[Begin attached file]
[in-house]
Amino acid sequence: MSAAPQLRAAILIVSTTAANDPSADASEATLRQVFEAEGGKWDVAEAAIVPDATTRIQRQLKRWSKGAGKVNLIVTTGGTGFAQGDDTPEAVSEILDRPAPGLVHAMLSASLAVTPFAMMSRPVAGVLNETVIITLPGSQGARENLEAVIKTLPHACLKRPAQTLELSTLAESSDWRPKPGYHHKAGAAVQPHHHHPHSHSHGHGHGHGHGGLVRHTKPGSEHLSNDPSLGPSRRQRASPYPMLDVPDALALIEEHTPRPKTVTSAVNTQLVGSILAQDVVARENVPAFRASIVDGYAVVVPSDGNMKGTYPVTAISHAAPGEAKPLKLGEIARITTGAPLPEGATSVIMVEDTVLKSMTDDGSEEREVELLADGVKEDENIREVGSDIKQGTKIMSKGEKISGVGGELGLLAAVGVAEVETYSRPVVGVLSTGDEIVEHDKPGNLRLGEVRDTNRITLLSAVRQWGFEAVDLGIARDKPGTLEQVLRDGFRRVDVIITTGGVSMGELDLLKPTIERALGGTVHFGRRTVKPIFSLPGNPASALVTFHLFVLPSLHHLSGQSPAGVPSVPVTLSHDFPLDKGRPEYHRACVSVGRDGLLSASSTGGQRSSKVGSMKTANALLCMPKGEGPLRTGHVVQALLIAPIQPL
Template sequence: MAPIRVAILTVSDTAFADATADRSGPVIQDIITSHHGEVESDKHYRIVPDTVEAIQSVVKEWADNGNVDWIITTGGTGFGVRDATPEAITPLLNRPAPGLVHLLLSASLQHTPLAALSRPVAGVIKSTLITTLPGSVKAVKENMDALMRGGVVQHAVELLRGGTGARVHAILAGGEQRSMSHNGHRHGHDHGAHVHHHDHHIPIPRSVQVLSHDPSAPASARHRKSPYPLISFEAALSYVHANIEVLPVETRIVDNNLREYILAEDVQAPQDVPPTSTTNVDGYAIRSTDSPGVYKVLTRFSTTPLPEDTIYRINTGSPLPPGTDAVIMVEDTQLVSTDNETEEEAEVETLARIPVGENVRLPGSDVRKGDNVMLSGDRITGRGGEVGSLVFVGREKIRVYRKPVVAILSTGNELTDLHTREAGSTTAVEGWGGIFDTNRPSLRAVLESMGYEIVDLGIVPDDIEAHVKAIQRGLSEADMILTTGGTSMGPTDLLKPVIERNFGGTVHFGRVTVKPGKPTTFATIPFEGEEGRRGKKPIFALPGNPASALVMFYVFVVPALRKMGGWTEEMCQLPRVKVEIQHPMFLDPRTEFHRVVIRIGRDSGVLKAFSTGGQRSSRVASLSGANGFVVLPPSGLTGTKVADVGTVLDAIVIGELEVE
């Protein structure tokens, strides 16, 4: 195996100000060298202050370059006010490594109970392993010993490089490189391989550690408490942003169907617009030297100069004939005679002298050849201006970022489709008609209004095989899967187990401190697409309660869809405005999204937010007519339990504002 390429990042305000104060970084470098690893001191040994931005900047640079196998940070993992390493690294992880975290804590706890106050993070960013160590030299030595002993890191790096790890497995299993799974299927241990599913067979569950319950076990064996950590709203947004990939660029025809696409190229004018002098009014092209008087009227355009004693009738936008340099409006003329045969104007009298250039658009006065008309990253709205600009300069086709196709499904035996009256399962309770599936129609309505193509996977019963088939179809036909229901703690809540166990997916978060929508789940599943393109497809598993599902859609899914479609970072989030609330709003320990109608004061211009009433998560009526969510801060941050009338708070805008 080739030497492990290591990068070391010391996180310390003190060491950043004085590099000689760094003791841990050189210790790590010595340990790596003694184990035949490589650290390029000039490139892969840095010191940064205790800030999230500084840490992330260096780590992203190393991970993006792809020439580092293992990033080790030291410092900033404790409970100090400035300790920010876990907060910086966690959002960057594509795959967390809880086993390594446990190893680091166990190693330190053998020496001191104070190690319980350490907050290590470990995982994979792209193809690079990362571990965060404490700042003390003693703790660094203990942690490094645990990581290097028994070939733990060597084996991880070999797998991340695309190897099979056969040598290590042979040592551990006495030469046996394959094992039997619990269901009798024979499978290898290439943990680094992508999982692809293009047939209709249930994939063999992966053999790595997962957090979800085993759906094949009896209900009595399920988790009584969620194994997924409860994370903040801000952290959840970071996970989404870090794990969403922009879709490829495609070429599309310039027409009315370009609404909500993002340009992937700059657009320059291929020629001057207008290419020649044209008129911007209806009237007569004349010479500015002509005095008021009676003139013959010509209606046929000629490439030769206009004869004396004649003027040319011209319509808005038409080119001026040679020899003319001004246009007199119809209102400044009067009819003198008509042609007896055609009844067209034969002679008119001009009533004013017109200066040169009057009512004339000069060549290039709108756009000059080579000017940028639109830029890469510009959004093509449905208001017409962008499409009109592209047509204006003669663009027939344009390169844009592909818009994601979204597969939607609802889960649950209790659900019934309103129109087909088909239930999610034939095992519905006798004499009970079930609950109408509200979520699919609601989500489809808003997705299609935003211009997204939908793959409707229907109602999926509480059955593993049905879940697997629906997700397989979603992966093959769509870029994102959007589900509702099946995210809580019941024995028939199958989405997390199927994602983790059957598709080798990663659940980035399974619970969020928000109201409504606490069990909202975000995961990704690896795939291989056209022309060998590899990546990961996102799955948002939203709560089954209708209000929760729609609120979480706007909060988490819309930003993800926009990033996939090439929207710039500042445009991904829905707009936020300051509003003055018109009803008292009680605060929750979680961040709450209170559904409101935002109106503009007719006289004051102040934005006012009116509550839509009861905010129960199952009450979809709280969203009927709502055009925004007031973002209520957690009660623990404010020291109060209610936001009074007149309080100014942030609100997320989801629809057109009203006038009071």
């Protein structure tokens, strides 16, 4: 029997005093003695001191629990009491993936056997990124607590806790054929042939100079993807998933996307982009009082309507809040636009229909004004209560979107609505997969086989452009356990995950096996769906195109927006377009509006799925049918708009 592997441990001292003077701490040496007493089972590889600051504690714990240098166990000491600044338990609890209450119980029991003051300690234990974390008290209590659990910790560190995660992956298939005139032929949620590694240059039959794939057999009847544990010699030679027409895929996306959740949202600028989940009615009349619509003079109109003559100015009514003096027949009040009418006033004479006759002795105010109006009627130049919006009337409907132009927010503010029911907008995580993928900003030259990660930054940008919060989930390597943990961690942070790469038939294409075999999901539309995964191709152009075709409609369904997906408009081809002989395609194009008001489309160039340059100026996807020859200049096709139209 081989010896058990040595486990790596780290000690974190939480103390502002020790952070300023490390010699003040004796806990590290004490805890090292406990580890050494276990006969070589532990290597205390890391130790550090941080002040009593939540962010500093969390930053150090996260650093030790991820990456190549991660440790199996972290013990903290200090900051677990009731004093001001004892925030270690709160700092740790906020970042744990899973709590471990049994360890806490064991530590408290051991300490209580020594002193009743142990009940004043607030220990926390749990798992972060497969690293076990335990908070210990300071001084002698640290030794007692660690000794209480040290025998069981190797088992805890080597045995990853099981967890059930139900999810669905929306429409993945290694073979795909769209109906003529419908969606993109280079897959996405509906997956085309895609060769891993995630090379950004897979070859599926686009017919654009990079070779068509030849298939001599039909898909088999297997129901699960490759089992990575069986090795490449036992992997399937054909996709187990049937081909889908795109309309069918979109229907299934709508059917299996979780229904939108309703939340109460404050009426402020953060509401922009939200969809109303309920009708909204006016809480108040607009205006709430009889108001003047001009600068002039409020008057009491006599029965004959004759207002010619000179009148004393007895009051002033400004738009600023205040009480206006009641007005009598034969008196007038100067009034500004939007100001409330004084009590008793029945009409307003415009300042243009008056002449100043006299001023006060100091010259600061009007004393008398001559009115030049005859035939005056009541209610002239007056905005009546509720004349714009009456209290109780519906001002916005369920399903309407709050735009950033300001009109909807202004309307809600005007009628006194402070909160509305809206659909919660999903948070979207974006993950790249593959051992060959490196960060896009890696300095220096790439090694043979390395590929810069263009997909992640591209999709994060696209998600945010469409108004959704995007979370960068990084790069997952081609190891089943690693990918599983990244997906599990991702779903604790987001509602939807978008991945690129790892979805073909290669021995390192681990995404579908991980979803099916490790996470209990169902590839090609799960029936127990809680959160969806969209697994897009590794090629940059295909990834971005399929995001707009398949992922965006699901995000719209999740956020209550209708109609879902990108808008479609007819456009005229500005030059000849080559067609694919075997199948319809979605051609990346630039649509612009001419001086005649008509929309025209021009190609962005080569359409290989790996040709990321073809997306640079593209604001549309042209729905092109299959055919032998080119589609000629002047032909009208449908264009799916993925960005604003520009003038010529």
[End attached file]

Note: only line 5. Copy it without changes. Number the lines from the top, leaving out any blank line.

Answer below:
């Protein structure tokens, strides 16, 4: 029997005093003695001191629990009491993936056997990124607590806790054929042939100079993807998933996307982009009082309507809040636009229909004004209560979107609505997969086989452009356990995950096996769906195109927006377009509006799925049918708009 592997441990001292003077701490040496007493089972590889600051504690714990240098166990000491600044338990609890209450119980029991003051300690234990974390008290209590659990910790560190995660992956298939005139032929949620590694240059039959794939057999009847544990010699030679027409895929996306959740949202600028989940009615009349619509003079109109003559100015009514003096027949009040009418006033004479006759002795105010109006009627130049919006009337409907132009927010503010029911907008995580993928900003030259990660930054940008919060989930390597943990961690942070790469038939294409075999999901539309995964191709152009075709409609369904997906408009081809002989395609194009008001489309160039340059100026996807020859200049096709139209 081989010896058990040595486990790596780290000690974190939480103390502002020790952070300023490390010699003040004796806990590290004490805890090292406990580890050494276990006969070589532990290597205390890391130790550090941080002040009593939540962010500093969390930053150090996260650093030790991820990456190549991660440790199996972290013990903290200090900051677990009731004093001001004892925030270690709160700092740790906020970042744990899973709590471990049994360890806490064991530590408290051991300490209580020594002193009743142990009940004043607030220990926390749990798992972060497969690293076990335990908070210990300071001084002698640290030794007692660690000794209480040290025998069981190797088992805890080597045995990853099981967890059930139900999810669905929306429409993945290694073979795909769209109906003529419908969606993109280079897959996405509906997956085309895609060769891993995630090379950004897979070859599926686009017919654009990079070779068509030849298939001599039909898909088999297997129901699960490759089992990575069986090795490449036992992997399937054909996709187990049937081909889908795109309309069918979109229907299934709508059917299996979780229904939108309703939340109460404050009426402020953060509401922009939200969809109303309920009708909204006016809480108040607009205006709430009889108001003047001009600068002039409020008057009491006599029965004959004759207002010619000179009148004393007895009051002033400004738009600023205040009480206006009641007005009598034969008196007038100067009034500004939007100001409330004084009590008793029945009409307003415009300042243009008056002449100043006299001023006060100091010259600061009007004393008398001559009115030049005859035939005056009541209610002239007056905005009546509720004349714009009456209290109780519906001002916005369920399903309407709050735009950033300001009109909807202004309307809600005007009628006194402070909160509305809206659909919660999903948070979207974006993950790249593959051992060959490196960060896009890696300095220096790439090694043979390395590929810069263009997909992640591209999709994060696209998600945010469409108004959704995007979370960068990084790069997952081609190891089943690693990918599983990244997906599990991702779903604790987001509602939807978008991945690129790892979805073909290669021995390192681990995404579908991980979803099916490790996470209990169902590839090609799960029936127990809680959160969806969209697994897009590794090629940059295909990834971005399929995001707009398949992922965006699901995000719209999740956020209550209708109609879902990108808008479609007819456009005229500005030059000849080559067609694919075997199948319809979605051609990346630039649509612009001419001086005649008509929309025209021009190609962005080569359409290989790996040709990321073809997306640079593209604001549309042209729905092109299959055919032998080119589609000629002047032909009208449908264009799916993925960005604003520009003038010529």